Madsen Building

Eva Jablonka

Tel Aviv University

Learning and minimal consciousness: an evolutionary connection?

 

(work done with Simona Ginsburg and Zohar Bronfman)

 

Inspired by an  origin-of-life research program, I (and my colleagues) propose an evolutionary-transition approach to the study of minimal consciousness – the most basic (non-reflective) subjective feeling that includes exteroceptive (e.g. visual, olfactory), interoceptive (e.g. pain, hunger, thirst) and proprioceptive (e.g. bodily position and movement) experiences. Our goal is to identify an evolutionary transition marker for minimal consciousness – the phylogenetically earliest overt trait that is sufficient for ascribing minimal consciousness to an animal. We  suggest that the transition marker for minimal animal consciousness is unlimited associative learning (UAL). We characterize UAL  at the behavioral and functional levels and argue that the attributes of UAL’s enabling system (the system that enables its developmental construction and maintenance) correspond to the properties that philosophers and cognitive scientists attribute to a biological system manifesting minimal consciousness.  Since UAL had evolved during the Cambrian, we propose that minimal consciousness evolved during this era in the context of selection for UAL.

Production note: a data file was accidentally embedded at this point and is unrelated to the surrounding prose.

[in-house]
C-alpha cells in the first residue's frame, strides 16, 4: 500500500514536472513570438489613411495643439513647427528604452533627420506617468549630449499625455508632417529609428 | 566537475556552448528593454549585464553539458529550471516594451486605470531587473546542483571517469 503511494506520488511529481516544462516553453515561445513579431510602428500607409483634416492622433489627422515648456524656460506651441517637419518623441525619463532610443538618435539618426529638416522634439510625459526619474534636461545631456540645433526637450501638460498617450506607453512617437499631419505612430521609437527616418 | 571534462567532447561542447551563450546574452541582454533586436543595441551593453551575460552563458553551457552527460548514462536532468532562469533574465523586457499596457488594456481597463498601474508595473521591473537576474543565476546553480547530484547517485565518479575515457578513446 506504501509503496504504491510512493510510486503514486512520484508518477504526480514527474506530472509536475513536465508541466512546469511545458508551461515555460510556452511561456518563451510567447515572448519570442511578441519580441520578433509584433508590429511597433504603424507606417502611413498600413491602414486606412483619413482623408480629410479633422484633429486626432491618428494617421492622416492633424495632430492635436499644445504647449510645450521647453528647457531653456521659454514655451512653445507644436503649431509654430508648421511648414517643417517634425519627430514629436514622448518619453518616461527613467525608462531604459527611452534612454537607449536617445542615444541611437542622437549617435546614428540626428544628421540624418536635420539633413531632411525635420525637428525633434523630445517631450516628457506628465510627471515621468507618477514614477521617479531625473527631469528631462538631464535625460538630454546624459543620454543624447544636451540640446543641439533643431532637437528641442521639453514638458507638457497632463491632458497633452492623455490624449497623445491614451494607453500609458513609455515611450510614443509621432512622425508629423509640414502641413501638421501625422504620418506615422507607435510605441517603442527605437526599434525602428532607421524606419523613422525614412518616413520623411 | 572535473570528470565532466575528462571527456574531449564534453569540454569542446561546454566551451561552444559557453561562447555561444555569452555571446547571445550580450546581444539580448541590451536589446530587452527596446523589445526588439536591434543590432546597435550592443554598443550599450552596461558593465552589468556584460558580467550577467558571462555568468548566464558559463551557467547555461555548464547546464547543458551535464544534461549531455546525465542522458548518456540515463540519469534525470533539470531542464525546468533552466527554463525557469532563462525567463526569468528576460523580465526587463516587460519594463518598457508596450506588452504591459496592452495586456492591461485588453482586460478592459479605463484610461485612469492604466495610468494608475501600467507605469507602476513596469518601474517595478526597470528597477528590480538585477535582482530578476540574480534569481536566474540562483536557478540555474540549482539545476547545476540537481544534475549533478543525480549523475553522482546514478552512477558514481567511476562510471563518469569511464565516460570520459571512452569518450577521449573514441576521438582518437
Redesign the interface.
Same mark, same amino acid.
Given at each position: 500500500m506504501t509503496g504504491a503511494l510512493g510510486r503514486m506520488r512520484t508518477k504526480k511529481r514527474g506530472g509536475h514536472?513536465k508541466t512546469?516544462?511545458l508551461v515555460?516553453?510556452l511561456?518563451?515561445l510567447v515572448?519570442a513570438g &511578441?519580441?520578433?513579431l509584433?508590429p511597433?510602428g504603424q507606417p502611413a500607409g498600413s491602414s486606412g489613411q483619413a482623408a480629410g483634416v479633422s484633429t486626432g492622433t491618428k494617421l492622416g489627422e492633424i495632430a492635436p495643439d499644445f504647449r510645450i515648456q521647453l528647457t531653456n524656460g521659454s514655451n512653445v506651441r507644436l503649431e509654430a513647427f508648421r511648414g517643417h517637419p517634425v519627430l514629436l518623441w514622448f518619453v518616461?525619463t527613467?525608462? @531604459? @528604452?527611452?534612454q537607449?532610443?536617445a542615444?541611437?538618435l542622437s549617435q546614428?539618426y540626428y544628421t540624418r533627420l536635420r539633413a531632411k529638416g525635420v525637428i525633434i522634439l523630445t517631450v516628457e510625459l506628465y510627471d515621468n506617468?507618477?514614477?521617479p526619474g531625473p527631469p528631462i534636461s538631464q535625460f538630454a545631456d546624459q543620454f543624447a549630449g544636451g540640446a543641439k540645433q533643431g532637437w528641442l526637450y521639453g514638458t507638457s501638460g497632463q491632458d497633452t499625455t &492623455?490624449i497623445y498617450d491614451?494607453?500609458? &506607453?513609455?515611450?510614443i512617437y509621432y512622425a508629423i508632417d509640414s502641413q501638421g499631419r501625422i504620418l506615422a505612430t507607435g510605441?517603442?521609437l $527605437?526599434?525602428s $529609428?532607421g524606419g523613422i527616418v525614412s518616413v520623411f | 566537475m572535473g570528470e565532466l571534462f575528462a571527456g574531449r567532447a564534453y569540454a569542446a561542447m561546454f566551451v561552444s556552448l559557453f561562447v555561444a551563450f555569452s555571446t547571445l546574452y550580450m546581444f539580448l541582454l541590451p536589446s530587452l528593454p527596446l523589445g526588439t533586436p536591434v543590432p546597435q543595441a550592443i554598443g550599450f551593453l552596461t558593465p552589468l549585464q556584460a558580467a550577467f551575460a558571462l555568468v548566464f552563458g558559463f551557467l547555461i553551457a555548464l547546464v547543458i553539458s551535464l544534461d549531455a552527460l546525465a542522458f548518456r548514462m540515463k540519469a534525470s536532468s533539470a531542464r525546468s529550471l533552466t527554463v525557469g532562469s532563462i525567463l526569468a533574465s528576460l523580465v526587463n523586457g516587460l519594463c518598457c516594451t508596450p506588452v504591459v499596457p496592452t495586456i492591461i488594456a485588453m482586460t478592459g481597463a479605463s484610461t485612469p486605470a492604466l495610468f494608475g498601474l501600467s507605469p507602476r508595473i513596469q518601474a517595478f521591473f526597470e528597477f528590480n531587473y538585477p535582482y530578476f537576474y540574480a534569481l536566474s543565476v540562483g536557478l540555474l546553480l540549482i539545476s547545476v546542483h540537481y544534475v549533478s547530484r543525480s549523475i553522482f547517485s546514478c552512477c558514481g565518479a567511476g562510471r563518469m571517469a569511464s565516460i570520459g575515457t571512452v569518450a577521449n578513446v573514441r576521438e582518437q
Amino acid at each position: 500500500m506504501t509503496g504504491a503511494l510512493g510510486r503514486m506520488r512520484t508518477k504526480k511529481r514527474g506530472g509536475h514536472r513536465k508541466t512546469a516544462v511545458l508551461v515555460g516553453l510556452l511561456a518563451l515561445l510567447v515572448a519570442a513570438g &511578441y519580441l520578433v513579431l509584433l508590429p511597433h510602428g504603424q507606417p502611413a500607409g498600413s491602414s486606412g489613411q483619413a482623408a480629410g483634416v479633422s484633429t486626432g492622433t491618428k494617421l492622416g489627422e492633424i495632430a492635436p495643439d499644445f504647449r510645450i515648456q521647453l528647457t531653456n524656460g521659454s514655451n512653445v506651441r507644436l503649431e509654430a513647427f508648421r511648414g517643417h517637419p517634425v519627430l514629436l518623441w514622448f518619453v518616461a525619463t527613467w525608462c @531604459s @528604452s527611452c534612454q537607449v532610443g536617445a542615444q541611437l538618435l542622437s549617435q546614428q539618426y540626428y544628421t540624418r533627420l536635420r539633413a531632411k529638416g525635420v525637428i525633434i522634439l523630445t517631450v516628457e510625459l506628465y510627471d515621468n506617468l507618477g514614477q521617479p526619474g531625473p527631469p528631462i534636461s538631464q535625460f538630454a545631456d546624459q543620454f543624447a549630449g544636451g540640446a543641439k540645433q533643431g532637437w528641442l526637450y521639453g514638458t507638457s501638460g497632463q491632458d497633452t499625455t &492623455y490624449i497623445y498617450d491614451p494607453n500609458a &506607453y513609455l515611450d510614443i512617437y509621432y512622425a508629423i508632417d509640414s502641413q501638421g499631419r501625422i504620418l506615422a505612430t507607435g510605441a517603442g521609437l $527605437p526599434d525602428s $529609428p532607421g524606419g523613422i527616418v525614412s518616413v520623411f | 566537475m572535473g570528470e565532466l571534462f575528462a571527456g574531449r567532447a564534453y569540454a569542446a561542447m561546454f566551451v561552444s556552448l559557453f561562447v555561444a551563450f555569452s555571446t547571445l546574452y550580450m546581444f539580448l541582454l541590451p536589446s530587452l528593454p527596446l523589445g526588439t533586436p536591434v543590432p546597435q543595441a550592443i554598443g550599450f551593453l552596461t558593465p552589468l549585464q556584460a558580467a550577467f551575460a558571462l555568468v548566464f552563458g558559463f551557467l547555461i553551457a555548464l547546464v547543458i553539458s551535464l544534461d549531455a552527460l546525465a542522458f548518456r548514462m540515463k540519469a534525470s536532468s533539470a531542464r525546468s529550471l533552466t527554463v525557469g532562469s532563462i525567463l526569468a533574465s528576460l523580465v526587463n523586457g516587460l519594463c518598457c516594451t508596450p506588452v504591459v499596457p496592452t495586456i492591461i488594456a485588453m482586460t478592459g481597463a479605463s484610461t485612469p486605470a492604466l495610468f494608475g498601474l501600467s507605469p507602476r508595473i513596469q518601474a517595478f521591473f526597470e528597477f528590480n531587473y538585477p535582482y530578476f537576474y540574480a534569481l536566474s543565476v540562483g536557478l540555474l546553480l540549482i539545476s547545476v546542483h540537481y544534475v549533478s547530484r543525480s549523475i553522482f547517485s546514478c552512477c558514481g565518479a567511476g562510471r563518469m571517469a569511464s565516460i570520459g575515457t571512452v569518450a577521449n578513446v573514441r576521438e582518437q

AUGUST 29TH    

NO TALK TONIGHT

SEPTEMBER 5TH    

NO TALK TONIGHT

September 12th

CCANESA Meeting Room

Sonja Van Wichelen

Dept Sociology

University of Sydney

"Legitimating Life: Adoption as Postcolonial Technoscience"